When Madison retired from office in 1817, he returned to Montpelier.  Changes to the house by this time included the addition of one-story wings at each end of the building to provide bedchamber suites for Madison’s wife and widowed mother.  Exterior changes added a new central main entrance and harmonized the details of the two parts of the main house.  Interior spaces were substantially reconfigured.  Madison continued to be involved in public affairs during his 19 year retirement.  He died in 1836 at the age of 85.  He and his wife lie buried in the family cemetery on the grounds. 

Dolley Madison sold Montpelier in 1844.  Subsequent owners made many changes to the house and grounds. The family of William duPont, which owned the property from 1901, bequeathed the estate to the National Trust for Historic Preservation in 1984, which now maintains it as a historic house museum. The National Trust established an independent, nonprofit foundation, The Montpelier Foundation, which assumed the management of Montpelier in 2000. In 2003, the foundation launched a painstaking five-year restoration to return the house to the way it looked when James and Dolley Madison lived there in the 1820s.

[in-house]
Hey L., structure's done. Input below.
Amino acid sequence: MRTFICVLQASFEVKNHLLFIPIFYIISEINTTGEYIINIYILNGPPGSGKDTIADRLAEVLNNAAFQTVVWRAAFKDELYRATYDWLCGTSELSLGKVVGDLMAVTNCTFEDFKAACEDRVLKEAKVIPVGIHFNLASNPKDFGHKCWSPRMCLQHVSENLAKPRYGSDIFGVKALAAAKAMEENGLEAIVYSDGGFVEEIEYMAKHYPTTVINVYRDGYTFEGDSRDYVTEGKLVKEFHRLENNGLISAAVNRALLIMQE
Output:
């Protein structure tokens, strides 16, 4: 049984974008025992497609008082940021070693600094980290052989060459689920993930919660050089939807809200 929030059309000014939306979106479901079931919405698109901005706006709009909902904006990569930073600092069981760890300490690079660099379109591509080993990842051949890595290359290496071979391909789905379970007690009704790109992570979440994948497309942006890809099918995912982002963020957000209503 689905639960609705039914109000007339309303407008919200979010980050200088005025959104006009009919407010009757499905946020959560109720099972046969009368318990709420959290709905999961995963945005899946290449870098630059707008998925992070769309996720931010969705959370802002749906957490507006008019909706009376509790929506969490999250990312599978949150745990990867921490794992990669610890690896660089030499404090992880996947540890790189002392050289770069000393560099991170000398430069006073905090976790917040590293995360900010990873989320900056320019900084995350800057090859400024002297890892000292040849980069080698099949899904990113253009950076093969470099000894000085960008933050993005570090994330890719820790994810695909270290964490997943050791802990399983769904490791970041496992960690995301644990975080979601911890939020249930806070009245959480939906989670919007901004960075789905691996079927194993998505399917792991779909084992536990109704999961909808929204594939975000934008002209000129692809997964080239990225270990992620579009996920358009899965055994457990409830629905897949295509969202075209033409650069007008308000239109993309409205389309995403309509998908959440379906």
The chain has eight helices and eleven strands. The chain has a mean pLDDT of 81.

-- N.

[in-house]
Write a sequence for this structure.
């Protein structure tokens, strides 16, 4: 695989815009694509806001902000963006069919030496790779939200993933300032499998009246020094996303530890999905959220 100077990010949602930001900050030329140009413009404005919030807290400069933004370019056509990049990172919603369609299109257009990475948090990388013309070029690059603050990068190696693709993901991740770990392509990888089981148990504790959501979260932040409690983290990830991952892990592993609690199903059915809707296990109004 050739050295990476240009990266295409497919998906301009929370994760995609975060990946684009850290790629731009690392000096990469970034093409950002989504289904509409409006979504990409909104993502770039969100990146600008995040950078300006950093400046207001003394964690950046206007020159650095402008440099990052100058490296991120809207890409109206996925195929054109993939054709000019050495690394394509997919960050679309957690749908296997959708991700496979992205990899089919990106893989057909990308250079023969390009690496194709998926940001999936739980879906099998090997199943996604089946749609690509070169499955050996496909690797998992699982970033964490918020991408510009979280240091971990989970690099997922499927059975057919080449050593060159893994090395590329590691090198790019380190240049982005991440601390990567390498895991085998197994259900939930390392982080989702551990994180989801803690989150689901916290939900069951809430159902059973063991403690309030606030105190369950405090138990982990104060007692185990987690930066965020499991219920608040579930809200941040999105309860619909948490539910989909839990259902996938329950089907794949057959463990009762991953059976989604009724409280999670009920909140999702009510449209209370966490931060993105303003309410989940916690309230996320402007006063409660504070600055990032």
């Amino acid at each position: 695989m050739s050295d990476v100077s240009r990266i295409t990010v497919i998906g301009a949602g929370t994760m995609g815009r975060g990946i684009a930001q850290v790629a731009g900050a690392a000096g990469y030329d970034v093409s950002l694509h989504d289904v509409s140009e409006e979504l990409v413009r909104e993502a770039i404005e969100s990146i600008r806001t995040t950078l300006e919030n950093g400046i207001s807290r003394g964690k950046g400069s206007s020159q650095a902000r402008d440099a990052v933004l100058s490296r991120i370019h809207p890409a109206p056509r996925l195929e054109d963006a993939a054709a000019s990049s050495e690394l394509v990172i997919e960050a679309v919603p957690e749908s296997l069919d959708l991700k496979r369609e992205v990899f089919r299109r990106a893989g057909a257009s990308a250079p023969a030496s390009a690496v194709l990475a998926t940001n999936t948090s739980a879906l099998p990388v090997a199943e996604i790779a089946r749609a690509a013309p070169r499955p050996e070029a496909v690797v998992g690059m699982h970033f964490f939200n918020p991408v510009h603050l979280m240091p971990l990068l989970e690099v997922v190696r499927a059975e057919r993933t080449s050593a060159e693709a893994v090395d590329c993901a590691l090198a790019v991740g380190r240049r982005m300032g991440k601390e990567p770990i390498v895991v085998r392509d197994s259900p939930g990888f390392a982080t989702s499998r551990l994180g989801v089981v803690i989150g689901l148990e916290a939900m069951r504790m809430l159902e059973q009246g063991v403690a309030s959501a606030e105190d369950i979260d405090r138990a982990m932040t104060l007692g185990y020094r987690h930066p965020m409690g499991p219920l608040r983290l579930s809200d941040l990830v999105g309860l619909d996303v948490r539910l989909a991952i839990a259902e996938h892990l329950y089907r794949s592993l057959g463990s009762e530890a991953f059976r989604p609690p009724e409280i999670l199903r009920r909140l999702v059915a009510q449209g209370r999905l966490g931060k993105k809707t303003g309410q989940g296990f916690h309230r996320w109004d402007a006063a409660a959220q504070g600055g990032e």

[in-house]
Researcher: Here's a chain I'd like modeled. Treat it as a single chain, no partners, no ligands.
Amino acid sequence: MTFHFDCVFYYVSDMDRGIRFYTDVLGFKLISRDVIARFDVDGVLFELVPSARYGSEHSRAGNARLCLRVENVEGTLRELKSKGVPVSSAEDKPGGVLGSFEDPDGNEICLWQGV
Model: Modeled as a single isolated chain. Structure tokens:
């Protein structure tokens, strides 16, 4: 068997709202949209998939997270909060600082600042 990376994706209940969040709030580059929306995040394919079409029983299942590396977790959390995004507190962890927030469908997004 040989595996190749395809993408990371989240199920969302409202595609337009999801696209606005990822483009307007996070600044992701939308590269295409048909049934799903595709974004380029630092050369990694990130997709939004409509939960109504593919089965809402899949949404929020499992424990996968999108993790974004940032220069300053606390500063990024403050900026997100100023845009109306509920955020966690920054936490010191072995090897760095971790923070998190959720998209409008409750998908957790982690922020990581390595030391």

Plan your visit

Montpelier, located four miles west of Orange on State Rte. 20 in VA, at 11407 Constitution Hwy. Montpelier Station, VA. It has been designated a National Historic Landmark.  It is owned by the National Trust for Historic Preservation and is open to the public November–March from 9:30am to 4:30pm and April-October from 9:30am to 5:30pm every day except Thanksgiving and Christmas.  In addition to guided tours of the house and self-guided audio tours of the grounds, quarterly and weekend themed tours are offered for no additional fee. Visit the Montpelier website or call 540-672-2728 ext. 140 for more information.

Montpelier is the subject of an online lesson plan, Memories of Montpelier: Home of James and Dolley Madison. The lesson plan has been produced by the National Park Service’s Teaching with Historic Places program, which offers a series of online classroom-ready lesson plans on registered historic places. To learn more, visit the Teaching with Historic Places home page. Montpelier has been documented by the National Park Service’s Historic American Buildings Survey. Montpelier is also featured in the National Park Service Journey Through Hallowed Ground: Route 15 through Virginia's Piedmont Travel Itinerary.